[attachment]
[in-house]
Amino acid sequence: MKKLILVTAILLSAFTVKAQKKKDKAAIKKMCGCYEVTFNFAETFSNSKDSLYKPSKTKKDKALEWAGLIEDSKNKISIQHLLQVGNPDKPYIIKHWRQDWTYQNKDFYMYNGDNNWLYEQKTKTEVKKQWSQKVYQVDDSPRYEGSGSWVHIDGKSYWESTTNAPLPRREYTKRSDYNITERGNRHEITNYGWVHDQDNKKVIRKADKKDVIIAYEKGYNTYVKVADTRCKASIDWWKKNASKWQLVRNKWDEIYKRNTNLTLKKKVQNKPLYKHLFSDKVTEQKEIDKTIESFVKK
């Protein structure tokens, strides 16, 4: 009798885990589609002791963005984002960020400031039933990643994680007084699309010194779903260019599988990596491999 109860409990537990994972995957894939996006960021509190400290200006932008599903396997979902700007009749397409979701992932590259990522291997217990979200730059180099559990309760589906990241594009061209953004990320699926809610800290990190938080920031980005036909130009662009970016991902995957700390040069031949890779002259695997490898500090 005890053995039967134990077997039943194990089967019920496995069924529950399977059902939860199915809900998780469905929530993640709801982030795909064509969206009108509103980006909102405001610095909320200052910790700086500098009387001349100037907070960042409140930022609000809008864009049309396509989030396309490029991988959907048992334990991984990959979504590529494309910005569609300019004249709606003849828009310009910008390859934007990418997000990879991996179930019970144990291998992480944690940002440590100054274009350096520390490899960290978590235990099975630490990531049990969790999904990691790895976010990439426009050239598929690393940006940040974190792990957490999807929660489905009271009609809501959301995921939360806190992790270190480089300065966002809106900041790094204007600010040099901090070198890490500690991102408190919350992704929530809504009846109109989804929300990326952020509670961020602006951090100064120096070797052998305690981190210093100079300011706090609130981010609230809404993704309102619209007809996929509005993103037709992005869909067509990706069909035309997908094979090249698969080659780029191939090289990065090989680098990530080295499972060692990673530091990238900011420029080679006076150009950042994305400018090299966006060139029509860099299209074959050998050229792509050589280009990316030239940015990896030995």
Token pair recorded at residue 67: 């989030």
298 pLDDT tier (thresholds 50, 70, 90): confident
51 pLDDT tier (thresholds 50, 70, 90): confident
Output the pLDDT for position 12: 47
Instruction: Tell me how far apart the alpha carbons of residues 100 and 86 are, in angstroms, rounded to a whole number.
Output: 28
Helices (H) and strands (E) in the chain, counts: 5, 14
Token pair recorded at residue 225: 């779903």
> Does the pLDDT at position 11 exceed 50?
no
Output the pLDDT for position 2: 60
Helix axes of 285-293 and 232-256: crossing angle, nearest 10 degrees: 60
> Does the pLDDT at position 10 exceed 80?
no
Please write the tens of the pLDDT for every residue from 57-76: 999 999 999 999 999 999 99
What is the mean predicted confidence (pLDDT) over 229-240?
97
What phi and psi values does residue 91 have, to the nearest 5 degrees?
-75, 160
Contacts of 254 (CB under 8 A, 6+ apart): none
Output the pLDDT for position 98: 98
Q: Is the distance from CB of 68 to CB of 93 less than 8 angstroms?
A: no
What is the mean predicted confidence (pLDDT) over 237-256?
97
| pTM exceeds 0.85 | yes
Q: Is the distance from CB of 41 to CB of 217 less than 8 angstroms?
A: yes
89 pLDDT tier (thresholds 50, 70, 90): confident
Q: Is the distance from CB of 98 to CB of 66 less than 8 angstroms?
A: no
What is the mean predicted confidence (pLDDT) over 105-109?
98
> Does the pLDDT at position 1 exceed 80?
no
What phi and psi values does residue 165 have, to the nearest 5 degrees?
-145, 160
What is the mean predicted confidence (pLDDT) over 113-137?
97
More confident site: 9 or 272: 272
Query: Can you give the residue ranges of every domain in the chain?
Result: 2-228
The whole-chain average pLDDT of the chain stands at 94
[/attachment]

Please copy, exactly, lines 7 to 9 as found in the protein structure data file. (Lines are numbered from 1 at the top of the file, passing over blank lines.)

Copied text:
Output the pLDDT for position 12: 47
Instruction: Tell me how far apart the alpha carbons of residues 100 and 86 are, in angstroms, rounded to a whole number.
Output: 28